Reversing Immunotherapy Resistance in Ovarian Cancer by Targeting a Novel Immune-Suppressive Factor Released by Tumor-Associated Macrophages (TAMs)
[Technical Report, Annual Report]
Maine Medical Center
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Our studies suggest that a unique RGDKGE collagen fragment is generated within ovarian tumors. Given these and other current observations, the proposal was designed to test the central hypothesis that targeting the soluble RGDKGE collagen fragment may re-activate immune control of ovarian cancer and enhance the efficacy of immune checkpoint inhibitors by selectively disrupting a novel integrin-dependent signaling cascade. Data generated from our current studies suggest that integrin alpha-V beta-3 plays a role in regulating the expression of the immune checkpoint molecules LAG-3 and PD-L1. In particular, we provide evidence that the protein kinase FAK, but not Src plays an important role in regulating PD-L1 and LAG-3expression in T-cells. In addition, our new studies provide the first evidence that selective targeting of the RGDKGE collagen fragment may differentially alter the accumulation of distinct subsets of immune and stromal cells within specific tissue compartments in mice during tumor growth. Collectively, these novel observations may lead to the development of new treatment strategies for ovarian cancer and may lead to a better molecular understanding of how mechano-transduction signaling pathways regulate immune suppression.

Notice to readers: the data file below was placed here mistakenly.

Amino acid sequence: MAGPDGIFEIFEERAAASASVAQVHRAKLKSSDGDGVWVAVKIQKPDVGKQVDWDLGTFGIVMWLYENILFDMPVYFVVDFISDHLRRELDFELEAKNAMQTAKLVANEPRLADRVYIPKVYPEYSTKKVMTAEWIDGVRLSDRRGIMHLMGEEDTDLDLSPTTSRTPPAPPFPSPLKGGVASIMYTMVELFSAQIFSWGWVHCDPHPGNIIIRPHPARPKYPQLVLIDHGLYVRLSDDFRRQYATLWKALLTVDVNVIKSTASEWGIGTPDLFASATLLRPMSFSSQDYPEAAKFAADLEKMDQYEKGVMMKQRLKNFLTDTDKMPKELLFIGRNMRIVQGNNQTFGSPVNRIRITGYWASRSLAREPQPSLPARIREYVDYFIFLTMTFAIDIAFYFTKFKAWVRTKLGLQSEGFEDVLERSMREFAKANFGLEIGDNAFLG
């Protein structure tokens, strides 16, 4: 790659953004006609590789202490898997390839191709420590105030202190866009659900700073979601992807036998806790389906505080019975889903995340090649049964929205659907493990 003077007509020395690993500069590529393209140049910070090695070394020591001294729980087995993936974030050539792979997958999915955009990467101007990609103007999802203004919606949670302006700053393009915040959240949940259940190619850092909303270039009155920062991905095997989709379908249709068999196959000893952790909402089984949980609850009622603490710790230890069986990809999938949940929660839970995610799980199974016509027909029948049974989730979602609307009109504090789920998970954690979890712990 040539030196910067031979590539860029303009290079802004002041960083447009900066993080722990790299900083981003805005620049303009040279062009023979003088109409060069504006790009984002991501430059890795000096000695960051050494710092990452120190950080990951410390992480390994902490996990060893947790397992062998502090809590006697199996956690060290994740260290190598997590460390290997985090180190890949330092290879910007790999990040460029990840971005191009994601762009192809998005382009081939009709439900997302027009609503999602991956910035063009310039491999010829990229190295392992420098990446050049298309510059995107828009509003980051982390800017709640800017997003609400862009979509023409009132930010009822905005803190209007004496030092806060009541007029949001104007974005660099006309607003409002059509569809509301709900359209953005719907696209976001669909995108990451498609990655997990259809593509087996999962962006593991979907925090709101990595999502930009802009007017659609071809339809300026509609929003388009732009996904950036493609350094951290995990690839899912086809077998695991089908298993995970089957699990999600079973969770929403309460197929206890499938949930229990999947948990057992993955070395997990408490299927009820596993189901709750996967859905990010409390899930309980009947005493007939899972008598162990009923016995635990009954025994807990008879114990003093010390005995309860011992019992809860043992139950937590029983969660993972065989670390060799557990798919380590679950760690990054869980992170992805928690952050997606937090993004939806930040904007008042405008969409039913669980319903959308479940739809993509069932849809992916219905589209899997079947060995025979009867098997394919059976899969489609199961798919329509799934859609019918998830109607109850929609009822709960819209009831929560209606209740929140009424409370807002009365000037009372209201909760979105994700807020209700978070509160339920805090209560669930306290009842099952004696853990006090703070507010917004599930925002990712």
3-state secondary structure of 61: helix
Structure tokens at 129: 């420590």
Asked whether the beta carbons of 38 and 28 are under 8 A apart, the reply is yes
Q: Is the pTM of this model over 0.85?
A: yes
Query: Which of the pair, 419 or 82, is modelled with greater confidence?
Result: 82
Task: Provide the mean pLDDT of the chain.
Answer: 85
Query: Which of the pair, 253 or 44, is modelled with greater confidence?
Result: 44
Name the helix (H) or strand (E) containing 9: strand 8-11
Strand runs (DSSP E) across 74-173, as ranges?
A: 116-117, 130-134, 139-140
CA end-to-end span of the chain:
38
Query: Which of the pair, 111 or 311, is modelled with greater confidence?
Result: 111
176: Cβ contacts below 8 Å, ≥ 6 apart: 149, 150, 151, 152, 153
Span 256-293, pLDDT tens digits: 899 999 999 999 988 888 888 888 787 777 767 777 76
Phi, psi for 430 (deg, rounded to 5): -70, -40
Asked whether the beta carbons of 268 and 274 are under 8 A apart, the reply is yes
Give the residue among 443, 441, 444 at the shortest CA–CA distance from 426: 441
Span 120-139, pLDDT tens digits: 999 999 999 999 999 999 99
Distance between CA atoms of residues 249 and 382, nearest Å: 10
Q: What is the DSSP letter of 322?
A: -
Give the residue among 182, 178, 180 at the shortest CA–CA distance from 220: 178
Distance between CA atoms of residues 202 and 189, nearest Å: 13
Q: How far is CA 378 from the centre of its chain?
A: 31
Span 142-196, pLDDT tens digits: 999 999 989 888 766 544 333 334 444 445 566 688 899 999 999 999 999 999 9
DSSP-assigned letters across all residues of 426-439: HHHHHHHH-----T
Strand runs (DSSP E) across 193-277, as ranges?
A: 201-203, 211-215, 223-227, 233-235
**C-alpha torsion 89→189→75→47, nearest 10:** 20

- Medicine and Medical Research
- Anatomy and Physiology